Carriers send their drivers out on the road with a set of strict transport orders. Transport planners specify exactly which route the driver is to take. But is that really so smart? With traffic being so uncertain, who is in the best position to make the best decisions: the planner at his desk or the driver behind the wheel.
Increasing urbanization means more and more freight traffic in cities. About a third of all freight kilometers are driven inside cities. The other two-thirds are driven on the highways. But kilometers driven in the city obviously take longer –as much as two-thirds of the driver’s time. Wouldn’t it make sense to optimize much more in terms of time rather than kilometers
The city is also a source of unpredictability for transport planning. In the week before Christmas, traffic in the center of Amsterdam came to a complete standstill due to all the visitors who came by car. Streets may be closed off due to construction works or events. When children are heading to school in the morning and when schools let out in the afternoon, it makes sense to avoid driving in the surrounding streets. And anytime a head of state visits the seat of government, the capital is hard to reach.
Transport planners take that unpredictability into account and simply schedule extra vehicles and drivers – as much as 10 or 15% more than is strictly necessary. That’s a serious margin killer.
The Amsterdam metropolitan area already set aside €10m to improve the flow of traffic by using new and smart technologies. Innovation in traffic management ensures a better natural distribution of traffic, for example after an event or a major traffic jam. Until now, the project has focused on passenger mobility. A logical next step is to roll out this project – in collaboration with carriers – to improve the flow of urban freight traffic.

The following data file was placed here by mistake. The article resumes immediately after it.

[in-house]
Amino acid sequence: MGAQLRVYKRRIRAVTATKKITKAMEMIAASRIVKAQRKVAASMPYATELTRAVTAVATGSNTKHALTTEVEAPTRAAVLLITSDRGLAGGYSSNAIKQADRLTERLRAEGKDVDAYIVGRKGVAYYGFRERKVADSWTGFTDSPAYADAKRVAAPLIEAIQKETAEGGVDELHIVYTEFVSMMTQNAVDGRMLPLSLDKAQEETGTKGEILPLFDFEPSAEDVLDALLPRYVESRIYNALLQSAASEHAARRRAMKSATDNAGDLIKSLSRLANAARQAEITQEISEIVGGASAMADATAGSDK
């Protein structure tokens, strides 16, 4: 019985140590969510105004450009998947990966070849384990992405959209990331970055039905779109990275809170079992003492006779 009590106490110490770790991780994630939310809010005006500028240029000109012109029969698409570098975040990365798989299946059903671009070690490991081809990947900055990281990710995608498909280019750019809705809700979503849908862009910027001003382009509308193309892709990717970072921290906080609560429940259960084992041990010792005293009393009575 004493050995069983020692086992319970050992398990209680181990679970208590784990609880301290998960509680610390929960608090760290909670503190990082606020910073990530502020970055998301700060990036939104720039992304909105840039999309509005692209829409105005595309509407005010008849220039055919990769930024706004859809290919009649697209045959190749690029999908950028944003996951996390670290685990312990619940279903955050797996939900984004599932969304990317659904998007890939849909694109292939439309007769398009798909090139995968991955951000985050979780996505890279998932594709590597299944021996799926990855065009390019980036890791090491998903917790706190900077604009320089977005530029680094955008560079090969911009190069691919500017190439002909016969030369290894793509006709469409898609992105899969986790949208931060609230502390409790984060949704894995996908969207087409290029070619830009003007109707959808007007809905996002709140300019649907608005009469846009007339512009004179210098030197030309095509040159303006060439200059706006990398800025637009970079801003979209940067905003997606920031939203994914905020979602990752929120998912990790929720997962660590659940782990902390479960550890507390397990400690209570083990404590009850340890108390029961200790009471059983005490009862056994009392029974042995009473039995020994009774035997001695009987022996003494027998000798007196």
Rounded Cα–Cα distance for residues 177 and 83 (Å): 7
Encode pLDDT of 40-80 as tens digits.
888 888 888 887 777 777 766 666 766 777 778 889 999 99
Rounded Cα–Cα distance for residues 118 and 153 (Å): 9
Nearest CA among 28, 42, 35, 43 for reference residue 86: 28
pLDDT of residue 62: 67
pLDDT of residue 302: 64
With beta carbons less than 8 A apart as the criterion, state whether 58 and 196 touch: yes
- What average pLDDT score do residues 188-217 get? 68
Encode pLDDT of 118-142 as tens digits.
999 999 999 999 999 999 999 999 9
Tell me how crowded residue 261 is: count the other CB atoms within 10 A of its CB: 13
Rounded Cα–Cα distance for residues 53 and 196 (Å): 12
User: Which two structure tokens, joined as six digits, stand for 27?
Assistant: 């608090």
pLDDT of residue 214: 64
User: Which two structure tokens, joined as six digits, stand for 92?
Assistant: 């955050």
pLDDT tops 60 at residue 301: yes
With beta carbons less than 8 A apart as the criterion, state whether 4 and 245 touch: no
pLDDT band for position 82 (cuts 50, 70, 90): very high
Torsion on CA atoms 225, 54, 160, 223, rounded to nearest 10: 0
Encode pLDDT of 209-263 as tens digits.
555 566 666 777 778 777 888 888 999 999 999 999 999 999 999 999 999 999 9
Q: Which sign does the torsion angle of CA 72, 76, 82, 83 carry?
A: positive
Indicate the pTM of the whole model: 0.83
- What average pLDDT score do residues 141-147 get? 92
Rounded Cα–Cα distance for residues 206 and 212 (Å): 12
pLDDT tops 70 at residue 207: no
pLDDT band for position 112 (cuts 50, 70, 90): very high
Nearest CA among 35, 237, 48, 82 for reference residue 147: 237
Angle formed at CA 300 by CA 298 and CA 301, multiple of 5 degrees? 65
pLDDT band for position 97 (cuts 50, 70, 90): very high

Using smart mobility technologies to reduce the door-to-door travel time – as well as to improve the reliability of the predicted travel time and ETA – is good for traffic flow and safety. It also ensures more efficient transport, less risk of accidents, more economic benefits, less fuel consumption and fewer harmful emissions, and a better use of space. By making open data available and enabling dynamic traffic management, the government can support companies with better and more reliable transport planning.
More freedom for the driver
With smart, real-time traffic data, planners can plan better, both operationally and tactically. This all sounds great, but what is the driver in the cabin going to notice of it?
The question is: who gets to determine the actual route in the city? Will the driver do that, using real-time traffic information? Or will the central traffic planners do that for the driver? Or is information technology going to become so fast that the driver won’t need to worry about the route because the on-board computer will take care of everything? I’m inclined to want to give the driver a lot more freedom to decide how he brings the shipments in a smart way to the right customer at the right time. I wonder what drivers, planners and other experts think about this.
Walther Ploos van Amstel.